Can Dungeons & Dragons help you rack up experience points in real life? Is D&D more welcoming to girl gamers now, compared to the dark days when few females were allowed into the basement? And what is it like to work at the D&D mothership lair, Wizards of the Coast?
Wired.com spoke with Shelly Mazzanoble, one of D&D’s fiercest advocates, about her latest book, Everything I Need to Know I Learned From Dungeons & Dragons: One Woman’s Quest to Turn Self-Help for Elf-Help, which came out in September. It’s a light-hearted memoir showing how D&D — a hobby many non-geeks consider to be a frivolous game — can change lives. (FYI, this is a topic near and dear to my heart.)
Mazzanoble’s short stories and essays have appeared in the Seattle Times,Carve, Whetstone, Skirt and SomeOtherMagazine.com. Her plays have been produced in Seattle and Manhattan. You can read her ongoing column, “Confessions of a Full-Time Wizard,” every month at DungeonsandDragons.com. Originally from upstate New York, she now lives in Seattle with a bipolar cat named Zelda, a step-dog named Sadie and a very patient man who has turned “Harpy” into a term of endearment.
Read on for the Wired.com interview, and find out more about Mazzanoble — whose first book, Confessions of a Part-Time Sorceress: A Girl’s Guide to the Dungeons and Dragons Game, was nominated for an Origins Award and won the 2008 ENnie Award for Best Regalia — at her website. (Full disclosure: She also works for Wizards as associate brand marketing manager for Dungeons & Dragons.)
Wired.com: Your book is full of ideas of how D&D can help you in “real life” and how life lessons can be gleaned from game time. If you could name the top three things “you needed to know” for life that come from D&D, what would they be?
Shelly Mazzanoble: One: Not knowing what’s inside every dungeon before you enter is part of the fun. Two: Men can’t resist a lady in an “I Brake for Owlbears” T-shirt. Three: You will not win Citizen of the Year for calling out people who take 17 items in the 15-items-or-less express lane.
Wired.com: During the narrative of the book, you begin to DM (aka “to Dungeon Master,” or referee) some D&D games. As a first-timer to DMing, you must have learned some key lessons. What did that experience teach you?
Mazzanoble: DMing is much like hosting a party — something I am very familiar with. You need to have the right mix of people, provide a comfortable atmosphere, and be flexible so you can respond quickly to your guests’ needs. If you’re having fun, your guests will too. However, also like DMing, I tend to overcomplicate matters. I really like cooking so I make every little thing from scratch. Why buy a chutney when you can make your own in 16 easy steps?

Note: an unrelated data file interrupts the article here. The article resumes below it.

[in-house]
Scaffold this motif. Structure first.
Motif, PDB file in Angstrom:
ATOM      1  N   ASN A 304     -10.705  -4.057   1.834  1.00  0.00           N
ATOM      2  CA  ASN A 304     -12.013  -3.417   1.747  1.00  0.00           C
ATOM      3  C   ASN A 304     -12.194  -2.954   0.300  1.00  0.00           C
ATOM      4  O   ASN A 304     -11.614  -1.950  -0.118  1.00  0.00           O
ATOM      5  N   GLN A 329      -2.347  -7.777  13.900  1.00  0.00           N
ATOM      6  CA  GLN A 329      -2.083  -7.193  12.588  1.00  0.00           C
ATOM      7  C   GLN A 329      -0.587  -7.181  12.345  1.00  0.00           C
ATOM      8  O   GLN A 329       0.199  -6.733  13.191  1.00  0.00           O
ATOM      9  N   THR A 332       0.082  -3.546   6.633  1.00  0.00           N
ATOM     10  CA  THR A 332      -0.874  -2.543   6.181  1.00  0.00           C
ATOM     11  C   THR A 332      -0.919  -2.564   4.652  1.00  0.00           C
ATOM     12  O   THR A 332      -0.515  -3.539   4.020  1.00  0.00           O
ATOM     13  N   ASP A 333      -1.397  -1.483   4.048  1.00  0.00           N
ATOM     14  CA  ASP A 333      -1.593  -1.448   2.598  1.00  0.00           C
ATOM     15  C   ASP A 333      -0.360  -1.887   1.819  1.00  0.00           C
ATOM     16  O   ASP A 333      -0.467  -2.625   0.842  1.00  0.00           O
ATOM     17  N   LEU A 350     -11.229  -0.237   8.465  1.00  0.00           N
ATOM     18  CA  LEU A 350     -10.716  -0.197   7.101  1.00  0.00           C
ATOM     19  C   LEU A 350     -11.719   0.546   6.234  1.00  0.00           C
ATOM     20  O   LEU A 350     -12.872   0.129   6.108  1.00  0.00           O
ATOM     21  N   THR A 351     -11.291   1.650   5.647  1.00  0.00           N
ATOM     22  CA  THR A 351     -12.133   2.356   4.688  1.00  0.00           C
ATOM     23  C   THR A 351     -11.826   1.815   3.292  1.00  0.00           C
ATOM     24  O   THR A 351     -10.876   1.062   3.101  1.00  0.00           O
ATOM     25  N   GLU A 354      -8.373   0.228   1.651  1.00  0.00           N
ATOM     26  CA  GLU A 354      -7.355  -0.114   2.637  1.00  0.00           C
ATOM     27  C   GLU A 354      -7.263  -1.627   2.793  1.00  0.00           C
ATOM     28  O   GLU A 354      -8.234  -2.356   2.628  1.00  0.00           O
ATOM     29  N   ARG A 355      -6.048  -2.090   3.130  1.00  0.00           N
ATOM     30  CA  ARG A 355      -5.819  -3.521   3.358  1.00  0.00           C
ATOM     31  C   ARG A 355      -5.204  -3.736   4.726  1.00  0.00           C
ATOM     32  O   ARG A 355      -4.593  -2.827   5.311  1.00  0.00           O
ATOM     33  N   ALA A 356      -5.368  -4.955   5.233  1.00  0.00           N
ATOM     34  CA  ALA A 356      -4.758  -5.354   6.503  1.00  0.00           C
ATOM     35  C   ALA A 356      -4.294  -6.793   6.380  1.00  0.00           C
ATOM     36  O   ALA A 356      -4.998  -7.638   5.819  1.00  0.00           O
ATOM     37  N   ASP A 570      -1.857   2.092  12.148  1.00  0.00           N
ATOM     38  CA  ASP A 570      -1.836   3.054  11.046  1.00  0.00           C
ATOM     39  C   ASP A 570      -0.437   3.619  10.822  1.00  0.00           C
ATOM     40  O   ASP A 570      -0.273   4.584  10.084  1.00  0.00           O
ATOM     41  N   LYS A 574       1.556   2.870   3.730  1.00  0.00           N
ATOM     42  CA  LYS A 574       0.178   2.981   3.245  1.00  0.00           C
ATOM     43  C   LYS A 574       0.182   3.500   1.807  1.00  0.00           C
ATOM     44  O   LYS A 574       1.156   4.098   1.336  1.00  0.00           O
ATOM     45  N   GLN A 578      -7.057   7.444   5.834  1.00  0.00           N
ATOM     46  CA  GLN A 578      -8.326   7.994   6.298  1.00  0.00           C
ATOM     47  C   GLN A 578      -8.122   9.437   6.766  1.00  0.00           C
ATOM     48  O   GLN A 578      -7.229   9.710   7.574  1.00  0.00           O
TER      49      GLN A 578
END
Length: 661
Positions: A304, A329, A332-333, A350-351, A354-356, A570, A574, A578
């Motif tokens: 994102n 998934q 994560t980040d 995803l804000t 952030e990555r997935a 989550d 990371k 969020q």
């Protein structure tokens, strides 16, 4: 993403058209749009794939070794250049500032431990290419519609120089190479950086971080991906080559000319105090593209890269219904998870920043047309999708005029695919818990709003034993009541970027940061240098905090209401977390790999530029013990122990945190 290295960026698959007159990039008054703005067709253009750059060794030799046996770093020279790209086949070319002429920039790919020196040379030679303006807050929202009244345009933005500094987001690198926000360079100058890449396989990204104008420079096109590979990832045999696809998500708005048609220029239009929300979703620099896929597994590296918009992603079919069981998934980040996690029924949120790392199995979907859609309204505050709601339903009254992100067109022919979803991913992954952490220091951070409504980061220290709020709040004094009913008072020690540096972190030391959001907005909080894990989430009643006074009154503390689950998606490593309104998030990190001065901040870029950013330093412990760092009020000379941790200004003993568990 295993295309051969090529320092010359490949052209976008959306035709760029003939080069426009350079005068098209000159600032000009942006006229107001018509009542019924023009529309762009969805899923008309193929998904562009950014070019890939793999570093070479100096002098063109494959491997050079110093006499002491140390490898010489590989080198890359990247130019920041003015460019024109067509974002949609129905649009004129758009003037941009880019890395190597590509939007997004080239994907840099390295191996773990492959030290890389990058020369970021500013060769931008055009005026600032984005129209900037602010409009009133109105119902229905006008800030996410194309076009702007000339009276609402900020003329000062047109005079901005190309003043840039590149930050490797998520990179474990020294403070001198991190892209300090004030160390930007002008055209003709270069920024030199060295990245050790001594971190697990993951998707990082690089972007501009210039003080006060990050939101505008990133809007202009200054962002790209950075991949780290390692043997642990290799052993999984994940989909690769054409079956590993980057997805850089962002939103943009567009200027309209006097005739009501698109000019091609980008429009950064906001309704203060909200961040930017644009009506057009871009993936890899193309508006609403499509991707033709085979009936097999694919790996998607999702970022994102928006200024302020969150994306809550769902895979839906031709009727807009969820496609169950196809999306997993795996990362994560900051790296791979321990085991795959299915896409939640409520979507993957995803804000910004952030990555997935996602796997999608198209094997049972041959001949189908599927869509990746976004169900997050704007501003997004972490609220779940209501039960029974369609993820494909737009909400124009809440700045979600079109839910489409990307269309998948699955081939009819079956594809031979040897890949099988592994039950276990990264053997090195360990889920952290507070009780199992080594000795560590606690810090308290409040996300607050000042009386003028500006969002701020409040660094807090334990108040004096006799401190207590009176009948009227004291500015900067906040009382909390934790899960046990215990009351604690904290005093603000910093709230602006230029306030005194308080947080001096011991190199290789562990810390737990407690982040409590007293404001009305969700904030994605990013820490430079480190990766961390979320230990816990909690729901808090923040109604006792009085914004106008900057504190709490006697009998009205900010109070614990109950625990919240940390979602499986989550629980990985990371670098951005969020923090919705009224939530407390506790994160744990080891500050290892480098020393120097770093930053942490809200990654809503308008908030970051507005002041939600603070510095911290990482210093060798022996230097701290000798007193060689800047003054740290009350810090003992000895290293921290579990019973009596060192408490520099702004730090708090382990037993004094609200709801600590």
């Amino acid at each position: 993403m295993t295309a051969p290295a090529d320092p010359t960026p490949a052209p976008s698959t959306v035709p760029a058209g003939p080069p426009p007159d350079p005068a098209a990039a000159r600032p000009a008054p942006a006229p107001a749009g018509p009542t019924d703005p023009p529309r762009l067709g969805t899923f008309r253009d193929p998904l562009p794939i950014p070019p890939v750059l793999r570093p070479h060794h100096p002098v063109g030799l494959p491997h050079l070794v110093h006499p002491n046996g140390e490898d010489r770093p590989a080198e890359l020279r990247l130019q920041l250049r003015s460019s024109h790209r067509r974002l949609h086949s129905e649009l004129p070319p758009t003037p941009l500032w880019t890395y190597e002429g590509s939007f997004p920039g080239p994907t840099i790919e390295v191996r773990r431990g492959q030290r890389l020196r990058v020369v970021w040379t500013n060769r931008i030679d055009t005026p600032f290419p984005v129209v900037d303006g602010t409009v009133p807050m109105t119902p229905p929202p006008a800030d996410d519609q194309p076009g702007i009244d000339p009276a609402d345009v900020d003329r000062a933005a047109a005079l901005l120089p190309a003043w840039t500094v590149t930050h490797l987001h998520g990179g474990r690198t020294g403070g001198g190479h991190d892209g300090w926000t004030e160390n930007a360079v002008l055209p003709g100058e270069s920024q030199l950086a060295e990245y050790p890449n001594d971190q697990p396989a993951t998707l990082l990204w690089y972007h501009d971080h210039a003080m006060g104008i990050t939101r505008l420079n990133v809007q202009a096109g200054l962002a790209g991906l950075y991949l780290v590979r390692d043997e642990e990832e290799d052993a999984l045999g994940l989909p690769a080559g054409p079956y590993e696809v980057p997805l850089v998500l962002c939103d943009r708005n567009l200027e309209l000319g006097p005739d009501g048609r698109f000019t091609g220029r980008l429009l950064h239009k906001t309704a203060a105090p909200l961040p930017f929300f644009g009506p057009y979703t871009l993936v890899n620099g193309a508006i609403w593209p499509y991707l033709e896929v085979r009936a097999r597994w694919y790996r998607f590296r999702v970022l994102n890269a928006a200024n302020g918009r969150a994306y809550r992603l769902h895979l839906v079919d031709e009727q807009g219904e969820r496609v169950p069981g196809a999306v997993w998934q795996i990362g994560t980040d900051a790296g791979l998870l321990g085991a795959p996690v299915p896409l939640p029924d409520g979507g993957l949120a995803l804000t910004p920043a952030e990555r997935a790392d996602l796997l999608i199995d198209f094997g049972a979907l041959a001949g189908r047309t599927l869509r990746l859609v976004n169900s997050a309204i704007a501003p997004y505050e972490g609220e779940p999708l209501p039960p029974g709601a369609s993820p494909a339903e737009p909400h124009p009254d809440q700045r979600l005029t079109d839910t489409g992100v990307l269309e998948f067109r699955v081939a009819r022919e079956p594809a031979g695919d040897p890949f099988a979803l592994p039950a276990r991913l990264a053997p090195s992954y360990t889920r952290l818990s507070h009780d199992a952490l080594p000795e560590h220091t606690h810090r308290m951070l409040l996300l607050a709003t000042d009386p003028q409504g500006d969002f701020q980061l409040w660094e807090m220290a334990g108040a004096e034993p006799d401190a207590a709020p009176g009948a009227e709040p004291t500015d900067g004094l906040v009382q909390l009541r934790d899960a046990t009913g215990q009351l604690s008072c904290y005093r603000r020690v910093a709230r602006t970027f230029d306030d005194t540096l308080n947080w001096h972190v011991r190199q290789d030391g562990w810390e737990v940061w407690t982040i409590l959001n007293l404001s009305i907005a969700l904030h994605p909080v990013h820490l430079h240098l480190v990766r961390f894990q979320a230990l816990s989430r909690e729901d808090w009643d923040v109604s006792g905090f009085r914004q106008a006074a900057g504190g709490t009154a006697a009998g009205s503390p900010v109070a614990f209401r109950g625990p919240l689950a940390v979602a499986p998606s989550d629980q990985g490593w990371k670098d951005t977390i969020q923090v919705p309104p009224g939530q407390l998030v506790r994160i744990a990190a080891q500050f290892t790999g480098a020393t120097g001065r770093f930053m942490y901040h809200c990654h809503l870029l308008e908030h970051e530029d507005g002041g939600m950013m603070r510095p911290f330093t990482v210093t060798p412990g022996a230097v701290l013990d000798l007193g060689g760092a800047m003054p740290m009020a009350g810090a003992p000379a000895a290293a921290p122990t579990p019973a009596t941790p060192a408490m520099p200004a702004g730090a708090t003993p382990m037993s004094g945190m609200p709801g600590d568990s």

Once, at a dinner party I hosted, I labored over making my own butter. I mean, seriously? I live 38 seconds from a Safeway but I insisted on making butter. It was delicious — garlic- and rosemary-infused — and of course in the flurry of all the other activity such as enjoying my friend’s company and shoving puff-pastry pizzas into my face, I completely forgot to serve it. The same thing happened in a D&D game I ran where I insisted on writing the whole adventure myself. I had every monster strategically hidden away, ready to pounce when the [player characters] dared step in its aura. Only my gargoyles were hidden a little too well and I forgot about them. All that work and they never even saw combat. In both cases, no one was the wiser. And my butter-making days are over. I feel so liberated.
Wired.com: You also make a rather grand pronouncement at that beginning of your book: “That’s the thing about D&D. It changes lives. And was about to change mine. Roll for initiative, universe.” So, without giving away too much, how did it change your life?
Mazzanoble: Well, you and I both know how much D&D can change a person — for the better, I might add. Even before I wrote this book, D&D had changed my life because I’ve met some of my best friends and most inspiring people because of it.
I have some … quirks … shall we say, and thought I might benefit from working on some of them. During the course of writing this book, I tried to live my life the way my D&D character would and it has helped me to loosen up, lighten up and even in some cases live it up. I seem to spend more time in taverns now.